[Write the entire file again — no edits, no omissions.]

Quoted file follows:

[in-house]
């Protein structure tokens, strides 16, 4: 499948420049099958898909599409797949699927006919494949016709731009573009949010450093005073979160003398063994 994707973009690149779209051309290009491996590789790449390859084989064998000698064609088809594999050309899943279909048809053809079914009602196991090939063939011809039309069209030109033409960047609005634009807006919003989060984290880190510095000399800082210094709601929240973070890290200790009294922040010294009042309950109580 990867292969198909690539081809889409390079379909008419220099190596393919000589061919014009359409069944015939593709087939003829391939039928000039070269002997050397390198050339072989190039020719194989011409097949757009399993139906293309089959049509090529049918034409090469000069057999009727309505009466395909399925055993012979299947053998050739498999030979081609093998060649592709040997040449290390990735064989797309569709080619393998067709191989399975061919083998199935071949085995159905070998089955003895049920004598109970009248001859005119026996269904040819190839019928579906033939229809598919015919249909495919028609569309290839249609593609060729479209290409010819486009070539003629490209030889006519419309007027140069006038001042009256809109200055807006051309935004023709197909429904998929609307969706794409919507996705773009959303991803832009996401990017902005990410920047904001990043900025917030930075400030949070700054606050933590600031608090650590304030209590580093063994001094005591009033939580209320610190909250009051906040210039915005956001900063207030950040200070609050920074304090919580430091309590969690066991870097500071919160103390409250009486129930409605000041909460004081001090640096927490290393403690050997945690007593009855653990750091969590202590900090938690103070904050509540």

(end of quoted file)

[in-house]
């Protein structure tokens, strides 16, 4: 499948420049099958898909599409797949699927006919494949016709731009573009949010450093005073979160003398063994 994707973009690149779209051309290009491996590789790449390859084989064998000698064609088809594999050309899943279909048809053809079914009602196991090939063939011809039309069209030109033409960047609005634009807006919003989060984290880190510095000399800082210094709601929240973070890290200790009294922040010294009042309950109580 990867292969198909690539081809889409390079379909008419220099190596393919000589061919014009359409069944015939593709087939003829391939039928000039070269002997050397390198050339072989190039020719194989011409097949757009399993139906293309089959049509090529049918034409090469000069057999009727309505009466395909399925055993012979299947053998050739498999030979081609093998060649592709040997040449290390990735064989797309569709080619393998067709191989399975061919083998199935071949085995159905070998089955003895049920004598109970009248001859005119026996269904040819190839019928579906033939229809598919015919249909495919028609569309290839249609593609060729479209290409010819486009070539003629490209030889006519419309007027140069006038001042009256809109200055807006051309935004023709197909429904998929609307969706794409919507996705773009959303991803832009996401990017902005990410920047904001990043900025917030930075400030949070700054606050933590600031608090650590304030209590580093063994001094005591009033939580209320610190909250009051906040210039915005956001900063207030950040200070609050920074304090919580430091309590969690066991870097500071919160103390409250009486129930409605000041909460004081001090640096927490290393403690050997945690007593009855653990750091969590202590900090938690103070904050509540």